If children are taught simply and properly from the very beginning, this shouldn't be a problem.

I couldn't disagree more. Even the most well-behaved and intelligent children are subject to accidents. When you think of the extraordinarily hot temperature of the surface of the stoves, you realize that all it will take is single momentary contact to cause a severe burn and a permanent scar.

A gate is a very good idea as a starting point.

Xandra's point that "my kids never got hurt" should be taken for what it is - a single anecdotal data point.

If he said, "my kids always played with guns and they never shot themselves," that would not compel me to do the same with my kids.

Likewise, "my kids always played in the street . . "
And so on.

    Bookmark   October 3, 2005 at 12:37AM
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I'm just saying I have never had the experience, nor have I ever heard off-hand of someone else having one.

    Bookmark   October 3, 2005 at 1:04AM
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I just bought a Harman DVC 500 rice coal stove . I went through all the same questions you asked. Bottom line. The pellet stove uses 1.7 ton of pellets for every ton of rice coal, but the rice coal stove needs to be ash emptied every 2 to 4 days depending on how much power used etc. If you can get rice coal bagged cheap, go coal. If your wife is involved using it and you want less work, pellets. As for the gate. YES! I have a 2 year old, he was opening it and playing with the rice coal when it was cold, I had to finally unscrew the door handle untill I got a gate. Been there done that with the gate. I found the perfect thing, cheap. Home Depot or Lowes have this about 3ft tall steel black nice looking garden gate. It comes in sections and has a opening gate door. It looks great and my son now stands near it shaking it, but he ain't getting in. I will say when it's hot he doesn't like being near it, and of course one normally only needs to be severly burned once, but yes what if kids come over? Anyone can email me at rpmalerba@hotmail.com and I will be happy to send pictures of the stove and gate and piping, or talk about coal vs pellets etc. I love my harman DVC 500 stove and would advise anyone who doesn't mind the ash dumping trips to get one. I went right out my dinning room wall just like a pellet stove, only difference is I bought 2 ton of rice coal vs my friend buying 3 tons of pellets.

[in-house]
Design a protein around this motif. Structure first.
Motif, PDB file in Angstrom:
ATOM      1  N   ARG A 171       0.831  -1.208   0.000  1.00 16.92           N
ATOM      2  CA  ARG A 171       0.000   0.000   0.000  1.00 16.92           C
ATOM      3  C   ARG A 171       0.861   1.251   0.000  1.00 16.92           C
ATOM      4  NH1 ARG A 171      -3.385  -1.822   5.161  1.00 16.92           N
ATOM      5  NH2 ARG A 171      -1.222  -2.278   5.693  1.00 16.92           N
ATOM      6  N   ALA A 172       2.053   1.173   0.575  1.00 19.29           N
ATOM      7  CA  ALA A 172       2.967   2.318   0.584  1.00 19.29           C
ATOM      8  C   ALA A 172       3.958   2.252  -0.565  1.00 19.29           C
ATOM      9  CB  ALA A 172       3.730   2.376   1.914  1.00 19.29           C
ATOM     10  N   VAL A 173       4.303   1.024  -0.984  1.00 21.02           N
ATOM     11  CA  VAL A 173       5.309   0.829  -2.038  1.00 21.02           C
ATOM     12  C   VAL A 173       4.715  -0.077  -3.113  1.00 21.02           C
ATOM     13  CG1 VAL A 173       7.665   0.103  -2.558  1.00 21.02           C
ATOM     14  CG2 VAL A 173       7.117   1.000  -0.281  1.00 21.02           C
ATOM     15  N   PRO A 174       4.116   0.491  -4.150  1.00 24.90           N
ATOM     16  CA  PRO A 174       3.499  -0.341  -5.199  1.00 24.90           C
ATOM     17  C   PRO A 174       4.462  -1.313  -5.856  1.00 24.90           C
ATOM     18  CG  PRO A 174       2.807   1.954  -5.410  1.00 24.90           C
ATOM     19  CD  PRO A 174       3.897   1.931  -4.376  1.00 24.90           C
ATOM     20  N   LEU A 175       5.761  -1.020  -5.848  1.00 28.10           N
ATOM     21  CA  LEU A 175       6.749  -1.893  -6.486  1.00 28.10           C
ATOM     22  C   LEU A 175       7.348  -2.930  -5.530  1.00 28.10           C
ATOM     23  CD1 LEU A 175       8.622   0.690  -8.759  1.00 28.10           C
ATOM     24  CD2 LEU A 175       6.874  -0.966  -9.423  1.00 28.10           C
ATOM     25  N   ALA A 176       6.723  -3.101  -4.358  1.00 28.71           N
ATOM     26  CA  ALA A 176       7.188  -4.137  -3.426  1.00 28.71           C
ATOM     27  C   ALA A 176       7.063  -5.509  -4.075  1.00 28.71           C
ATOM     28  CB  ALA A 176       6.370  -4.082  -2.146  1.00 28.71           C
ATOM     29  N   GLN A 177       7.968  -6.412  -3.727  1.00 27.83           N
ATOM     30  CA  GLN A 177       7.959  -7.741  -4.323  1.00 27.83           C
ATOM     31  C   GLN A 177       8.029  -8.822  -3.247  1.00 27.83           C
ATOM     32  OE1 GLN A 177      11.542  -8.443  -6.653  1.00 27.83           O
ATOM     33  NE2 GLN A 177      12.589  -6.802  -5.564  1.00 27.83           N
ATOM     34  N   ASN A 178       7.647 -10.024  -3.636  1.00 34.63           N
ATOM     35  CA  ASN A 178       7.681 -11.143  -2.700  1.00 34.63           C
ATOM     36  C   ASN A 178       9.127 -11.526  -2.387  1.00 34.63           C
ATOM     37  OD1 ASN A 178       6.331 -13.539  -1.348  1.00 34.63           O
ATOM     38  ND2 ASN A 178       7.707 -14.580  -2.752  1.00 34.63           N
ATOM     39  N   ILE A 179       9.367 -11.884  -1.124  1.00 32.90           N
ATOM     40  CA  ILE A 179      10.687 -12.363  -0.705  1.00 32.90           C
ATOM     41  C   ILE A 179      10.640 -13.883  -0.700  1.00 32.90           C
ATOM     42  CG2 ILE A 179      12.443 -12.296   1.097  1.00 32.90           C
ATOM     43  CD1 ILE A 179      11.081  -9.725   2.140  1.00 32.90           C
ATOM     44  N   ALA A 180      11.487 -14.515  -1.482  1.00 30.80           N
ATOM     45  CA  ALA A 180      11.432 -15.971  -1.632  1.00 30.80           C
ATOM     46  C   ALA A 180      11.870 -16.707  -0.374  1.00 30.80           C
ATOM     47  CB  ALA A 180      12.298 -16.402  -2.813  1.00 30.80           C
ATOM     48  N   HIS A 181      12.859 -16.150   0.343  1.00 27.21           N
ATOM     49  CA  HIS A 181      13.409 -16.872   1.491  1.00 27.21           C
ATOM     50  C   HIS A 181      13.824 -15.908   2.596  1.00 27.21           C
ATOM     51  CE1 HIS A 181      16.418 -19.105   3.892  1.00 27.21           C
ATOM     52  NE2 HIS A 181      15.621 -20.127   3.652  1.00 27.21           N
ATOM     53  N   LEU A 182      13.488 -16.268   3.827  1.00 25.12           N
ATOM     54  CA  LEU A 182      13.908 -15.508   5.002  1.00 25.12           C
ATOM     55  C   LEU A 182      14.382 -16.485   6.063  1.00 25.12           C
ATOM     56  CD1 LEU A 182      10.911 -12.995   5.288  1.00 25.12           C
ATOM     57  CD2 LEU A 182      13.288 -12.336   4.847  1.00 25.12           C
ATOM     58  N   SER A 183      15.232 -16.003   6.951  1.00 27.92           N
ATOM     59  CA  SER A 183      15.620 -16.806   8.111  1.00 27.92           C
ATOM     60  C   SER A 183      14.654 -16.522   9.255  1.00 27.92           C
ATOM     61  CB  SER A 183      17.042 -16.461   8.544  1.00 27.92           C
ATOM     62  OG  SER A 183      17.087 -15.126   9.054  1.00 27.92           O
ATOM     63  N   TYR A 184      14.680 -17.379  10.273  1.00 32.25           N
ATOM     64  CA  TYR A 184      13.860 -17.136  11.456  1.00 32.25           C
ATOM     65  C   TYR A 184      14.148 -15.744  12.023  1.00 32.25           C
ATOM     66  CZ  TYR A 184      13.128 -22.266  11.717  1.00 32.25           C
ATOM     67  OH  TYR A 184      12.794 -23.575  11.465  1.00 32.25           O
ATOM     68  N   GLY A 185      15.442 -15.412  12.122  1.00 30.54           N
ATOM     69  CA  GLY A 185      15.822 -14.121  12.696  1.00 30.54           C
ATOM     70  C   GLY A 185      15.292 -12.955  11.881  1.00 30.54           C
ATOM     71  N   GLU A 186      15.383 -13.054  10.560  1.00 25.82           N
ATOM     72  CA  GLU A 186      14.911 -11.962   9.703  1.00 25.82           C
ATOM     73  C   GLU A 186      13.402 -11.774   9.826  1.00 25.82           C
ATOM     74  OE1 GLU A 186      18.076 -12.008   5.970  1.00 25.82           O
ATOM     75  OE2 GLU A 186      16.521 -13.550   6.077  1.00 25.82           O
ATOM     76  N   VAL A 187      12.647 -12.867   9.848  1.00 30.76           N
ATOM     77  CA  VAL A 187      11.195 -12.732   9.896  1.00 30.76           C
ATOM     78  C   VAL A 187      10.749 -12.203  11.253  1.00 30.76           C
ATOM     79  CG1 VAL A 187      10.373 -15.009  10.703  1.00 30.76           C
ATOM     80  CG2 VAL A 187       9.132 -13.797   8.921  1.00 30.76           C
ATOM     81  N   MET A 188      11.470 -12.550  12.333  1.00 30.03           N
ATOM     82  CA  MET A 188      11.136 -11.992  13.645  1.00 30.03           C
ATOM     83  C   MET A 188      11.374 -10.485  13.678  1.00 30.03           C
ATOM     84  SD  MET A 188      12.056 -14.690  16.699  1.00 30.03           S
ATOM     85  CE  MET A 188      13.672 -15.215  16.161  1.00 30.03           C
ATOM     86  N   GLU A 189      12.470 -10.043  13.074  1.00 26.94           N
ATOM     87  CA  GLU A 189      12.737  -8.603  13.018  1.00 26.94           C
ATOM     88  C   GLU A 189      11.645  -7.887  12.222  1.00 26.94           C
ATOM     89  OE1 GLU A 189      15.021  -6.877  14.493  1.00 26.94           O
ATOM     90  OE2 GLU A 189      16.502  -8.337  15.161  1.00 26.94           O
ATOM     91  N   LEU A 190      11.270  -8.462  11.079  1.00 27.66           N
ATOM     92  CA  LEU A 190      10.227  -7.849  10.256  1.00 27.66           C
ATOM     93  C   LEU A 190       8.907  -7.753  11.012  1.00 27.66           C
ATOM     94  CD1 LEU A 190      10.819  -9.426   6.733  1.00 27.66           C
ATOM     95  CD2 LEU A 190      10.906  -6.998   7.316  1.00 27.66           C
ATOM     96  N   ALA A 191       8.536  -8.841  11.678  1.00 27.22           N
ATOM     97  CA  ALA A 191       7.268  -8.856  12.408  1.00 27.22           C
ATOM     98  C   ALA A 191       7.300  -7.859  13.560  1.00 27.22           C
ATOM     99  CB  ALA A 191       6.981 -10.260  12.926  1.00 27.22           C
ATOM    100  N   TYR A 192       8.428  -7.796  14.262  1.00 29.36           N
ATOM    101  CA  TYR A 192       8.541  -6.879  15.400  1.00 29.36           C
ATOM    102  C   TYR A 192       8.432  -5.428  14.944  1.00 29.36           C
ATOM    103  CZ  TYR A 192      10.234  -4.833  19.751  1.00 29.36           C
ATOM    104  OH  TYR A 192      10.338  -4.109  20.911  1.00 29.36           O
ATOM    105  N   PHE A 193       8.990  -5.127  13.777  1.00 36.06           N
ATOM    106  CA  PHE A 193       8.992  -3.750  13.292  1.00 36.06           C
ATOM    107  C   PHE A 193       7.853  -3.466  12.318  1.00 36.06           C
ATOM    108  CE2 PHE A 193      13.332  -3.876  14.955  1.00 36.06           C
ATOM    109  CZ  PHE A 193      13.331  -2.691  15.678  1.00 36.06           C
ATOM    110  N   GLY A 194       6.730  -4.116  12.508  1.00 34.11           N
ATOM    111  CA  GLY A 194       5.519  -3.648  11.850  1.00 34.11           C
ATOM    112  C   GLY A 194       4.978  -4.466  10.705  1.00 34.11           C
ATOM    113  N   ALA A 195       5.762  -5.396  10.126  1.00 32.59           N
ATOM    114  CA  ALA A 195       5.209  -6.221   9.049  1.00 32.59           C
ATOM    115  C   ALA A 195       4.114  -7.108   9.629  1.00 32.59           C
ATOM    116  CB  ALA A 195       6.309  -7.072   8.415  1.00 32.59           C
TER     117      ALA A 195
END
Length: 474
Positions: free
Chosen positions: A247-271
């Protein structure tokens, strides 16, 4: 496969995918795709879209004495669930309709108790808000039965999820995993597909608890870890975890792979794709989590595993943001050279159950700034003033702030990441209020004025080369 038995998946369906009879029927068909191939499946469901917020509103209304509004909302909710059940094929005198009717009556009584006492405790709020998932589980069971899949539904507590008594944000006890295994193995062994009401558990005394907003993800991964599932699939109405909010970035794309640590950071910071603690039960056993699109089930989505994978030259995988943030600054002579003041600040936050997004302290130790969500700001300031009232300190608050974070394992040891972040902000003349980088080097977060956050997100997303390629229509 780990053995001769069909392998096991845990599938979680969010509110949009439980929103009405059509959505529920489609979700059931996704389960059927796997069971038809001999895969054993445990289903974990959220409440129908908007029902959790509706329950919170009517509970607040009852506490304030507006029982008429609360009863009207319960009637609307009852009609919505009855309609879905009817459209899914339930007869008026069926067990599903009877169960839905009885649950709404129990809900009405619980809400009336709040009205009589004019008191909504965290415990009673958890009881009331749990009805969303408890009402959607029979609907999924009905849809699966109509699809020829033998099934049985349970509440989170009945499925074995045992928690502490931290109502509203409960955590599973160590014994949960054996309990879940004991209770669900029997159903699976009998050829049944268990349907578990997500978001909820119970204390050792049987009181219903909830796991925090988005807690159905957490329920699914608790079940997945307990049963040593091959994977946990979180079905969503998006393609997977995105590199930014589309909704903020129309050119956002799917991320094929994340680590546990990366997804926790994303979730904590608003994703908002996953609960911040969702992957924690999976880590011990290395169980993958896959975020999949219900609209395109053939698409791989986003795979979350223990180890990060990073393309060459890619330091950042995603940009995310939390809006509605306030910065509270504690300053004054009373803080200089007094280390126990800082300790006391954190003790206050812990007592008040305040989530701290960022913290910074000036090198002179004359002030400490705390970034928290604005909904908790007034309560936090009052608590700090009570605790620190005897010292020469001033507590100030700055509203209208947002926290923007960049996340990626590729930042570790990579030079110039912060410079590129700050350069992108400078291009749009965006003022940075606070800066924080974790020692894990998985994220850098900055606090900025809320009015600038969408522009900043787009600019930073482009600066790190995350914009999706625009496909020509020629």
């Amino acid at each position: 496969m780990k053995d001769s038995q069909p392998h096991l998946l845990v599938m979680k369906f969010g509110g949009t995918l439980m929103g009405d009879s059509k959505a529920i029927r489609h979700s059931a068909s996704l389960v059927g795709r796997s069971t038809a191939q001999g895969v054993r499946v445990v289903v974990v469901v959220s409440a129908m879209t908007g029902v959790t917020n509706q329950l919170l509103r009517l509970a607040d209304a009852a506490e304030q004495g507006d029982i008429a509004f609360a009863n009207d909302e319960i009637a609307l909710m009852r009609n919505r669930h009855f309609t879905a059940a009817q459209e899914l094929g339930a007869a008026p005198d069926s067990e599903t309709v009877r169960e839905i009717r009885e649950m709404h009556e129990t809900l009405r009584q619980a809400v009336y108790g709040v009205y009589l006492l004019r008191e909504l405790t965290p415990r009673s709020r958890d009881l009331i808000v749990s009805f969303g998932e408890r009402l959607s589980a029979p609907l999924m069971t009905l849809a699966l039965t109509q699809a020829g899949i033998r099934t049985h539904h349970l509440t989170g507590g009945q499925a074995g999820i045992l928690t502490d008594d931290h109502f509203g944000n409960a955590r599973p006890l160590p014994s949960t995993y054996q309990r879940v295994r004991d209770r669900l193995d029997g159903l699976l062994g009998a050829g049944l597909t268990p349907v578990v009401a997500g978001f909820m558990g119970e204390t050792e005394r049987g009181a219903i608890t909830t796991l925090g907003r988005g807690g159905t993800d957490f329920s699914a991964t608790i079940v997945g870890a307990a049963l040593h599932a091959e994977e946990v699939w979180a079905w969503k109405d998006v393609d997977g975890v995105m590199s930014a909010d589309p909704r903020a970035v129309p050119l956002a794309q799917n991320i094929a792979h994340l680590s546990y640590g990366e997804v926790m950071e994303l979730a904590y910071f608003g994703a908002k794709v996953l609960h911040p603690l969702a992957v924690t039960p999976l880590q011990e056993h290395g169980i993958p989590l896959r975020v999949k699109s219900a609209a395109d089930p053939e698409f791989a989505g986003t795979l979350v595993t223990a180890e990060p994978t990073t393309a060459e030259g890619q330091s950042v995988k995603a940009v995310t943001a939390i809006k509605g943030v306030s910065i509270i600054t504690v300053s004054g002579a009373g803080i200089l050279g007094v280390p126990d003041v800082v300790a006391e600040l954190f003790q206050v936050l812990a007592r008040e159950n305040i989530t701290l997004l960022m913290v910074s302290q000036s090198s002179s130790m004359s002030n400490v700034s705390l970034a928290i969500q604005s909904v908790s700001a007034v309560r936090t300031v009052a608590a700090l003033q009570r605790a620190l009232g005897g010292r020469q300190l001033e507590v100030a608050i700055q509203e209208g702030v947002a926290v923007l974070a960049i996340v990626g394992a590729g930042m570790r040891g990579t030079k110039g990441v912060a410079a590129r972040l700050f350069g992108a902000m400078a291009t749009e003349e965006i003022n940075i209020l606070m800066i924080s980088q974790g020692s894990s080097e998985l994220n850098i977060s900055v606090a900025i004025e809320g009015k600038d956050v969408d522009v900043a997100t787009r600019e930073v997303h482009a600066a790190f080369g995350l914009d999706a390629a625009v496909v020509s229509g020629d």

Bookmark   October 3, 2005 at 1:30PM
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Take a look at these pictures. I got the Gate from Lowes. Strong and cheap.

Here is a link that might be useful: MSN group link

    Bookmark   October 5, 2005 at 11:26AM